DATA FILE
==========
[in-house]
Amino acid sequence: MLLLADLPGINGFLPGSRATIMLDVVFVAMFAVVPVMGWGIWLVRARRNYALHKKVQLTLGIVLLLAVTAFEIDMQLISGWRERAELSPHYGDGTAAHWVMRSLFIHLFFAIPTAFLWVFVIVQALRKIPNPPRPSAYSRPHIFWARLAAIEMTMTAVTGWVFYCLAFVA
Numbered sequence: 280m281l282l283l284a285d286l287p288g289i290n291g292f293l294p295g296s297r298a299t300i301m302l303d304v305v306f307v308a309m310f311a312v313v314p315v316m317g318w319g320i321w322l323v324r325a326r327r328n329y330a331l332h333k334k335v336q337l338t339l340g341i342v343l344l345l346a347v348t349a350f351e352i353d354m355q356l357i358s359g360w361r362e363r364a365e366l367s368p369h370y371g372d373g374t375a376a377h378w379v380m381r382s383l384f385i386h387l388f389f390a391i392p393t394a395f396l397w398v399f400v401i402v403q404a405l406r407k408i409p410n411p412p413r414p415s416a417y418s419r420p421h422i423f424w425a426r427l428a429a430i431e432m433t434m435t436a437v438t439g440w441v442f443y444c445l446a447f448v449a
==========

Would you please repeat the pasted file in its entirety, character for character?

[in-house]
Amino acid sequence: MLLLADLPGINGFLPGSRATIMLDVVFVAMFAVVPVMGWGIWLVRARRNYALHKKVQLTLGIVLLLAVTAFEIDMQLISGWRERAELSPHYGDGTAAHWVMRSLFIHLFFAIPTAFLWVFVIVQALRKIPNPPRPSAYSRPHIFWARLAAIEMTMTAVTGWVFYCLAFVA
Numbered sequence: 280m281l282l283l284a285d286l287p288g289i290n291g292f293l294p295g296s297r298a299t300i301m302l303d304v305v306f307v308a309m310f311a312v313v314p315v316m317g318w319g320i321w322l323v324r325a326r327r328n329y330a331l332h333k334k335v336q337l338t339l340g341i342v343l344l345l346a347v348t349a350f351e352i353d354m355q356l357i358s359g360w361r362e363r364a365e366l367s368p369h370y371g372d373g374t375a376a377h378w379v380m381r382s383l384f385i386h387l388f389f390a391i392p393t394a395f396l397w398v399f400v401i402v403q404a405l406r407k408i409p410n411p412p413r414p415s416a417y418s419r420p421h422i423f424w425a426r427l428a429a430i431e432m433t434m435t436a437v438t439g440w441v442f443y444c445l446a447f448v449a